Keith Kingrey, vice president of  SK Mold & Tool Co., a  Tipp City company owned by his family, says that Ohio lost 350,000 jobs during Strickland’s time as Ohio governor.

    “Ted Strickland had to be doing something wrong for all these jobs to leave Ohio,” Kingrey said in the ad.

    Strickland was governor from 2007-2010 and oversaw the state during the U.S. Great Recession. He was unseated after one term by John Kasich in a 2010 campaign that focused on laying the blame for Ohio’s lost jobs on Strickland. Kasich took office in January 2011.

    In a June 2011 Dayton Daily News article Kingrey said positive things about his company’s economic outlook, saying that business had been picking up. The company had expanded in 2008 with the purchase of Sun Machine and Tool Corp. in Troy, according to a Dayton Daily News article.

    “It started picking up in 2010 pretty good. Last year was a pretty decent year,” Kingrey said. “This year every quarter, it continues to get better and better.”

    Freedom Partners Action Fund is a conservative PAC. Federal Elections Commission documents show one of its chief contributors is conservative Charles G. Koch, a businessmen who, with his brother, David H. Koch, is major contributor to conservative causes.

    “Even the person used by the Koch Brothers in this ad previously praised the economy under Ted Strickland and said what newspapers and fact checkers have confirmed: Ohio’s economic recovery began under Ted,” said Ohio Democratic Party spokesman Daniel van Hoogstraten. “It’s no surprise that wealthy, shadowy special interests like the Kochs are propping up their puppet Rob Portman — because at every turn, Portman is pushing their agenda at the expense of Ohio’s working families.”

    h/t Daily Kos

     

  • Former Bush Aide: Trump’s Campaign Is Fueled By “Conspiratorial Nonsense”

    Blog ››› ››› MEDIA MATTERS STAFF

    Michael Gerson, syndicated columnist and former aide to President George W. Bush, explained in The Washington Post that presumptive GOP presidential nominee Donald Trump’s candidacy is “fueled by conspiracy.”

    Trump has peddled numerous conspiracy theories, including leading the charge in questioning the validity of President Obama’s birth certificate, and claiming vaccines cause autism, that the government lied about the dangers of Ebola, that Muslims cheered on 9/11, and that Supreme Court Justice Antonin Scalia may have been murdered, among others. Trump regularly surrounds himself with and lauds known conspiracy theorists like Alex Jones, an infamous 9/11 truther, and Roger Stone, a notorious dirty trickster who alleges the Clintons are murderers.

    In a May 23 opinion piece for the Post, Gerson wrote Trump “is not flirting with the fringes” by pushing “conspiratorial nonsense,” but “is French-kissing them.” Gerson explained that “Trump emerged in conservative circles by questioning Barack Obama’s citizenship, and thus the legality of his presidency,” and has since peddled numerous conspiracy theories and has “succeeded by appealing to stereotypes and ugly hatreds.” Gerson warned “every Republican official endorsing Trump” that the conspiratorial “company he keeps … is the company you now keep.” From the May 23 Washington Post opinion piece:

    But it was Donald Trump who led the opposition. He tweeted: “The U.S. must immediately stop all flights from EBOLA infected countries or the plague will start and spread inside our ‘borders.’ Act fast!” And: “Ebola is much easier to transmit than the CDC and government representatives are admitting.”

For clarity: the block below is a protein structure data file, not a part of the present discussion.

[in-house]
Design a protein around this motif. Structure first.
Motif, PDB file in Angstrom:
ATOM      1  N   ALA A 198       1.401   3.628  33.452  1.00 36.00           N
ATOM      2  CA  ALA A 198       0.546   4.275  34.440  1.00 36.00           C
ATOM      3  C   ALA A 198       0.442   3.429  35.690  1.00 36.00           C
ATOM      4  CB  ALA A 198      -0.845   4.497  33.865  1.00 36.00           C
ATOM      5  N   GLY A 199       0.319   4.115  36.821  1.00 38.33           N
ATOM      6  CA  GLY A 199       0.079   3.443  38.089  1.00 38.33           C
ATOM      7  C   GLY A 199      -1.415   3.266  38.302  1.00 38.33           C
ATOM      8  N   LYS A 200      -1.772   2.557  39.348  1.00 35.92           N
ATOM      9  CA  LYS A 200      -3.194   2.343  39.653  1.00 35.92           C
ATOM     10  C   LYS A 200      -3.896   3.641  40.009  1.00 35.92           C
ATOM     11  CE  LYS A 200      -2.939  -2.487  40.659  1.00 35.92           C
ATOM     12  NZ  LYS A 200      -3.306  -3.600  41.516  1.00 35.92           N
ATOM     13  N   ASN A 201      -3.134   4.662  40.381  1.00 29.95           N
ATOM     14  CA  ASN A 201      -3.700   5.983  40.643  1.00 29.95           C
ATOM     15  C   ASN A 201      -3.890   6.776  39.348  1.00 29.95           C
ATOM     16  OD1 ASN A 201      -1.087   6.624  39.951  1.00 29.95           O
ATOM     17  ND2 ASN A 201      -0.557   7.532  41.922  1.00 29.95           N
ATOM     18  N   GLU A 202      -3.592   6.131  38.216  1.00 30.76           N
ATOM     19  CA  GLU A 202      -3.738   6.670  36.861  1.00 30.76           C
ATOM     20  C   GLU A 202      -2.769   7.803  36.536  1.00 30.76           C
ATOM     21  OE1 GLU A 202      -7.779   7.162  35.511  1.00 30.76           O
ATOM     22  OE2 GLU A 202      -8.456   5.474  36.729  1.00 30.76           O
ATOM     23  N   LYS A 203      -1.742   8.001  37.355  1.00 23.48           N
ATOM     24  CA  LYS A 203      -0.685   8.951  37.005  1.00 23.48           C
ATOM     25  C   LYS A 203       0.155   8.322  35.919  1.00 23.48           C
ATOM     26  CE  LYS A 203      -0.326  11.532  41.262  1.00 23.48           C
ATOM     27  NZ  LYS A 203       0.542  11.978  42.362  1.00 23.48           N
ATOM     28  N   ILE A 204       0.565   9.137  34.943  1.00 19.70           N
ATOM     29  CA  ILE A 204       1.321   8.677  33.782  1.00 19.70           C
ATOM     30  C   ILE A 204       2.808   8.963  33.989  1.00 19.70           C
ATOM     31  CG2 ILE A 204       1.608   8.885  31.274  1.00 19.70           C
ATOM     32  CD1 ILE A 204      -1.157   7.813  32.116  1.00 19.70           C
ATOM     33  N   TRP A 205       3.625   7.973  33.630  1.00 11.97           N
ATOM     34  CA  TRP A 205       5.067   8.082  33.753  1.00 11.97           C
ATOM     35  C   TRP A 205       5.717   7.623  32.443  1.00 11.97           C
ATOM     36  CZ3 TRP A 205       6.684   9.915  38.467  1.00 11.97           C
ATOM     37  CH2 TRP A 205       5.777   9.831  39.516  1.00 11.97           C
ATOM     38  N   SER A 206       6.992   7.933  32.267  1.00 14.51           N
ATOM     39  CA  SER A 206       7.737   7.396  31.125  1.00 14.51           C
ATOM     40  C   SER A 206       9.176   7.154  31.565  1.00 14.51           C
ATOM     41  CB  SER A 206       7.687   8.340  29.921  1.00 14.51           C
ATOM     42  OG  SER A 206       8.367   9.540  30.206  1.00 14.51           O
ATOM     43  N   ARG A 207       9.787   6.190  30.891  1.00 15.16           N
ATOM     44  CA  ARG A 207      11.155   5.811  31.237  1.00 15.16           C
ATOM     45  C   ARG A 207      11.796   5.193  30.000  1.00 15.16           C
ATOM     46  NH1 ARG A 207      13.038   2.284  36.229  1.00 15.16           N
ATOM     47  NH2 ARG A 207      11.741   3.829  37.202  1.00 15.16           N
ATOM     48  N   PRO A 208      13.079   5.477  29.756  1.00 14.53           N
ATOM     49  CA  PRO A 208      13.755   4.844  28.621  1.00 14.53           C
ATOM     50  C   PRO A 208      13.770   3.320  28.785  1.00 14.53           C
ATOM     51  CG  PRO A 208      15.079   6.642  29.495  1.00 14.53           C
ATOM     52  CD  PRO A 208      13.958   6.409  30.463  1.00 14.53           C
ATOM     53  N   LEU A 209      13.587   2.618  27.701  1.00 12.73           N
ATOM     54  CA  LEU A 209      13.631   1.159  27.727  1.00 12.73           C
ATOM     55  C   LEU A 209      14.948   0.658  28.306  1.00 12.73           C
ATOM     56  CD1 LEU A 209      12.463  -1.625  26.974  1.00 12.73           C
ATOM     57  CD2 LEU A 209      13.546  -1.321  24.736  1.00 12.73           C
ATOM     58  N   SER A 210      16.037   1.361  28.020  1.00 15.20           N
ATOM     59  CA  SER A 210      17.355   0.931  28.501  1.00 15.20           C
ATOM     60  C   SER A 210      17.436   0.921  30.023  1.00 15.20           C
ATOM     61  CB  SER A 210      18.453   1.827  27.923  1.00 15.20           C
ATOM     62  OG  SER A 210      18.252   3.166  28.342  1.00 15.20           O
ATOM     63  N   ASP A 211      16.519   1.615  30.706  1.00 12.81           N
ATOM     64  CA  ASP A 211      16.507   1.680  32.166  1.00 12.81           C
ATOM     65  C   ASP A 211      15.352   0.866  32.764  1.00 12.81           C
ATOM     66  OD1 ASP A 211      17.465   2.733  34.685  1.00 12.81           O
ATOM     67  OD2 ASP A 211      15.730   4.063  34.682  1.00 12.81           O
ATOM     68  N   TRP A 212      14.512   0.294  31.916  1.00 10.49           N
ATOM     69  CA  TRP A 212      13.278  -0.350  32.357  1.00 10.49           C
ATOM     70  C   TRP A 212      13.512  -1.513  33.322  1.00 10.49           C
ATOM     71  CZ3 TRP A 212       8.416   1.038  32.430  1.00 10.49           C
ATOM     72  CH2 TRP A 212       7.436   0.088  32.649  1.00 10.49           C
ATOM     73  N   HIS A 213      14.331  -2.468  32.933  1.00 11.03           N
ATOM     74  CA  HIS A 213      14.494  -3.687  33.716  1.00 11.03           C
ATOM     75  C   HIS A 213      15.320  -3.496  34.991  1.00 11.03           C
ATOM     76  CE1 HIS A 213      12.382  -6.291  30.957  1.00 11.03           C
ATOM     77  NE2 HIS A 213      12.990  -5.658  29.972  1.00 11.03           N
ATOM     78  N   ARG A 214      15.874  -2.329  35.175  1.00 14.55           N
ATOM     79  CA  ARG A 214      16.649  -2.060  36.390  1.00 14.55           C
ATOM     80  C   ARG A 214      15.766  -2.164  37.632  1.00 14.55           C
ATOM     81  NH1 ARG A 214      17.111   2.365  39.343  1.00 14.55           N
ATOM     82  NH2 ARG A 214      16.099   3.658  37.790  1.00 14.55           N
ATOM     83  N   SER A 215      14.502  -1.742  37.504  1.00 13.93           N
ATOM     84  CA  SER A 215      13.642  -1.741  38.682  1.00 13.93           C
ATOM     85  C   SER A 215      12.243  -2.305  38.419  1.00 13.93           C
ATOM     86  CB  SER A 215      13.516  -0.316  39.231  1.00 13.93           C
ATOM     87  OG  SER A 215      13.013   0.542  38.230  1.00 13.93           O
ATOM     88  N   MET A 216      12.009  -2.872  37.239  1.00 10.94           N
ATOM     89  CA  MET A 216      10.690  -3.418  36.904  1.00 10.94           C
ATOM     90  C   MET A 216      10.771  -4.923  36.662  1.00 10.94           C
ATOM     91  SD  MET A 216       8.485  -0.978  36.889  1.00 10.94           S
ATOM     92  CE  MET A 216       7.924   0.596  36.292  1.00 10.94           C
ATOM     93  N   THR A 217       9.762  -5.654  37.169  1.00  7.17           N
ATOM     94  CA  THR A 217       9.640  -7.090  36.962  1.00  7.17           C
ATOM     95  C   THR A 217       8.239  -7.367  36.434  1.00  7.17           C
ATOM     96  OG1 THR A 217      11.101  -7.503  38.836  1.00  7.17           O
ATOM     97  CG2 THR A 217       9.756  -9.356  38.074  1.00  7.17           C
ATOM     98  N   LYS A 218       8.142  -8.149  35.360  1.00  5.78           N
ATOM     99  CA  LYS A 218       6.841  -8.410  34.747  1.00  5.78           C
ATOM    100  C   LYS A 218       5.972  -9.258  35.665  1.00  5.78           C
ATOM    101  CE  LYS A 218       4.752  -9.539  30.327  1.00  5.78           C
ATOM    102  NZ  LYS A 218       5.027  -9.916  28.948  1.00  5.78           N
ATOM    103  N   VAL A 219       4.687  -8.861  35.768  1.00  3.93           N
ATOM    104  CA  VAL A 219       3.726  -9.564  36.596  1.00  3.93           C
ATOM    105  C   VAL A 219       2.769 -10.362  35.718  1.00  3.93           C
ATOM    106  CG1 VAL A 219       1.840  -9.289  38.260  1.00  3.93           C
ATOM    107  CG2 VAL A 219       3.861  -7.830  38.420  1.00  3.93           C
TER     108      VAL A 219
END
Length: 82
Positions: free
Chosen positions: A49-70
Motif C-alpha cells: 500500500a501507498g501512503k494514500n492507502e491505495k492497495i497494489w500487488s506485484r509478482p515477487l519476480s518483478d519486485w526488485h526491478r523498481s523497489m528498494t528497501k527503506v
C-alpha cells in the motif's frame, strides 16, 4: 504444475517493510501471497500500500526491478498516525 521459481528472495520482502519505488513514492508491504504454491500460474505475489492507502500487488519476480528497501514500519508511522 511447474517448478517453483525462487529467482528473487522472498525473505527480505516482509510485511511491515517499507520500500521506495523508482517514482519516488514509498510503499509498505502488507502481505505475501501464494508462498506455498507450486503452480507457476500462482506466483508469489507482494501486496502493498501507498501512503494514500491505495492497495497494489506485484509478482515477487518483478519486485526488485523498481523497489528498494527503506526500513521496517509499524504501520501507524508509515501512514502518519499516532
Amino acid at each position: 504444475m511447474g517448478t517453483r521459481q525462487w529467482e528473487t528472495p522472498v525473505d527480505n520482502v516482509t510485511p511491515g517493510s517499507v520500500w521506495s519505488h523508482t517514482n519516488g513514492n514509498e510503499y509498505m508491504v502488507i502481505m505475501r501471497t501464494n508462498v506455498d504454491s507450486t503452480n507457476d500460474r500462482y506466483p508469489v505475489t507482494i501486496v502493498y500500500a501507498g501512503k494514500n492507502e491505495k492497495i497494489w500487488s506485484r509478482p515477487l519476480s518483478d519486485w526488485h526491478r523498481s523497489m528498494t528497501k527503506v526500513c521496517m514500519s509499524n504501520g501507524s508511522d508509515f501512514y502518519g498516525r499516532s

Health officials were not lying. Travel to and from West Africa was essential for medical personnel and aid workers to defeat the disease at its point of origin. Trump’s ban would have made Ebola materially more likely to spread beyond control.

    What kind of politics is ascendant in the United States? A distrust of institutions that borders on conspiratorial. Here is Trump again: “Healthy young child goes to doctor, gets pumped with massive shot of many vaccines, doesn’t feel good and changes — AUTISM.” And: “I am being proven right about massive vaccinations — the doctors lied.” And: “So many people who have children with autism have thanked me — amazing response. They know far better than fudged up reports!”

    Lying doctors. Fudged reports. It would all be disturbing — if it were not conspiratorial nonsense. No connection has ever been demonstrated between vaccinations and autism. And this particular nonsense is potentially deadly. Trump is undermining a consensus for vaccination that builds up “herd immunity” and saves the lives of children.

    [...]

    Does Trump really believe that liberals may have ordered a hit on a Supreme Court justice? Who knows? We do know he finds such ideas useful. Trump emerged in conservative circles by questioning Barack Obama’s citizenship, and thus the legality of his presidency. This required the existence of a conspiracy to hide the circumstances of Obama’s birth. “They cannot believe what they’re finding,” he said of “people that have been studying it.” Having actually discovered nothing, Trump doubled down on a deception.

    As a leader, Trump has succeeded by appealing to stereotypes and ugly hatreds that most American leaders have struggled to repress and contain. His political universe consists of deceptive experts, of scheming, of criminal Mexicans, of lying politicians and bureaucrats and of disloyal Muslims. Asked to repudiate David Duke and the Ku Klux Klan, Trump hesitated, later claiming a “bad earpiece.” Asked to repudiate the vicious anti-Semitism of some of his followers, Trump responded, “I don’t have a message to the fans.” Wouldn’t want to offend “the fans.”

    This is not flirting with the fringes; it is French-kissing them. Every Republican official endorsing Trump should know: This is the company he keeps. This is the company you now keep.